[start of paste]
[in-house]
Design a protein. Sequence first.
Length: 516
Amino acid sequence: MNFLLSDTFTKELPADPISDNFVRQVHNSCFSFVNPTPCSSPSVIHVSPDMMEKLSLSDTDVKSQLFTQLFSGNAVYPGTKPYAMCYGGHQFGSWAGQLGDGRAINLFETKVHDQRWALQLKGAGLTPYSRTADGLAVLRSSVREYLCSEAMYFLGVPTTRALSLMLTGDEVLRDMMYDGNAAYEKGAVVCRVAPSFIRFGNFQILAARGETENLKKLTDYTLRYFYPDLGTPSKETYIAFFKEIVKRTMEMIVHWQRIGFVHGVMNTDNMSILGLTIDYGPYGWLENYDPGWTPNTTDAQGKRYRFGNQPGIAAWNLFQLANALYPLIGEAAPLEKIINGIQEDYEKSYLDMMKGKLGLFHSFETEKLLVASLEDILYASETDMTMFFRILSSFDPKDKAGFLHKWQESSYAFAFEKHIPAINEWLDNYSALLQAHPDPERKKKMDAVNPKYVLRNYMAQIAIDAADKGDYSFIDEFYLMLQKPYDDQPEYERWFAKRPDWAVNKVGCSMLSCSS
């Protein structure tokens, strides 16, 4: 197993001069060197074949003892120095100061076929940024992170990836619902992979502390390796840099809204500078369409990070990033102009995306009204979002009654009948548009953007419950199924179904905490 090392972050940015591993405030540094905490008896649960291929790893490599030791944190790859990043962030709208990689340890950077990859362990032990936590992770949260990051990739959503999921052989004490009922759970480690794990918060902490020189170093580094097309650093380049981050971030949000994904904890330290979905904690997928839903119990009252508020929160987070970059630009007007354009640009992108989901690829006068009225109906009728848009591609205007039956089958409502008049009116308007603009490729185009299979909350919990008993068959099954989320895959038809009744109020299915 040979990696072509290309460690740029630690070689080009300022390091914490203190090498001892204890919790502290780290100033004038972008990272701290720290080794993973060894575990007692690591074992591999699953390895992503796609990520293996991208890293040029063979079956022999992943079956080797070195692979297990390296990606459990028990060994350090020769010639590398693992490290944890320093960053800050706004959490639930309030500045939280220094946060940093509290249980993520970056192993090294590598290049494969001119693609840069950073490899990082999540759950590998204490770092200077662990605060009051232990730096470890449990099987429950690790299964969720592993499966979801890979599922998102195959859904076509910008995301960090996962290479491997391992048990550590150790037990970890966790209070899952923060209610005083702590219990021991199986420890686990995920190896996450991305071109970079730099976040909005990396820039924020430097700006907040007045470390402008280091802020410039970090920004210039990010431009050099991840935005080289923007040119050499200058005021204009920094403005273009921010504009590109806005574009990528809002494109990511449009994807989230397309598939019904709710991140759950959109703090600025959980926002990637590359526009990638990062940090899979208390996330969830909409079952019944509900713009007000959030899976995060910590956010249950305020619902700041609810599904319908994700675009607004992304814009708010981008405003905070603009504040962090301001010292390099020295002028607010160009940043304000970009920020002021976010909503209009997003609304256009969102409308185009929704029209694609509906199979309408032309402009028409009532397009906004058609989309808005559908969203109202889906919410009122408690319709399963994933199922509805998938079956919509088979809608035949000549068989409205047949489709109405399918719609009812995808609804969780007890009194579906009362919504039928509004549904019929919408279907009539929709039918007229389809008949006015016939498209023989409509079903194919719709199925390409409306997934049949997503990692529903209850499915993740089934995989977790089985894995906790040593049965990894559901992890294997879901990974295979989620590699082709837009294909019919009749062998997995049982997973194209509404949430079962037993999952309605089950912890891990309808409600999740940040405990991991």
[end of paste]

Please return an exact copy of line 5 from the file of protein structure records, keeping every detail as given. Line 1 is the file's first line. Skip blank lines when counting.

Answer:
């Protein structure tokens, strides 16, 4: 197993001069060197074949003892120095100061076929940024992170990836619902992979502390390796840099809204500078369409990070990033102009995306009204979002009654009948548009953007419950199924179904905490 090392972050940015591993405030540094905490008896649960291929790893490599030791944190790859990043962030709208990689340890950077990859362990032990936590992770949260990051990739959503999921052989004490009922759970480690794990918060902490020189170093580094097309650093380049981050971030949000994904904890330290979905904690997928839903119990009252508020929160987070970059630009007007354009640009992108989901690829006068009225109906009728848009591609205007039956089958409502008049009116308007603009490729185009299979909350919990008993068959099954989320895959038809009744109020299915 040979990696072509290309460690740029630690070689080009300022390091914490203190090498001892204890919790502290780290100033004038972008990272701290720290080794993973060894575990007692690591074992591999699953390895992503796609990520293996991208890293040029063979079956022999992943079956080797070195692979297990390296990606459990028990060994350090020769010639590398693992490290944890320093960053800050706004959490639930309030500045939280220094946060940093509290249980993520970056192993090294590598290049494969001119693609840069950073490899990082999540759950590998204490770092200077662990605060009051232990730096470890449990099987429950690790299964969720592993499966979801890979599922998102195959859904076509910008995301960090996962290479491997391992048990550590150790037990970890966790209070899952923060209610005083702590219990021991199986420890686990995920190896996450991305071109970079730099976040909005990396820039924020430097700006907040007045470390402008280091802020410039970090920004210039990010431009050099991840935005080289923007040119050499200058005021204009920094403005273009921010504009590109806005574009990528809002494109990511449009994807989230397309598939019904709710991140759950959109703090600025959980926002990637590359526009990638990062940090899979208390996330969830909409079952019944509900713009007000959030899976995060910590956010249950305020619902700041609810599904319908994700675009607004992304814009708010981008405003905070603009504040962090301001010292390099020295002028607010160009940043304000970009920020002021976010909503209009997003609304256009969102409308185009929704029209694609509906199979309408032309402009028409009532397009906004058609989309808005559908969203109202889906919410009122408690319709399963994933199922509805998938079956919509088979809608035949000549068989409205047949489709109405399918719609009812995808609804969780007890009194579906009362919504039928509004549904019929919408279907009539929709039918007229389809008949006015016939498209023989409509079903194919719709199925390409409306997934049949997503990692529903209850499915993740089934995989977790089985894995906790040593049965990894559901992890294997879901990974295979989620590699082709837009294909019919009749062998997995049982997973194209509404949430079962037993999952309605089950912890891990309808409600999740940040405990991991």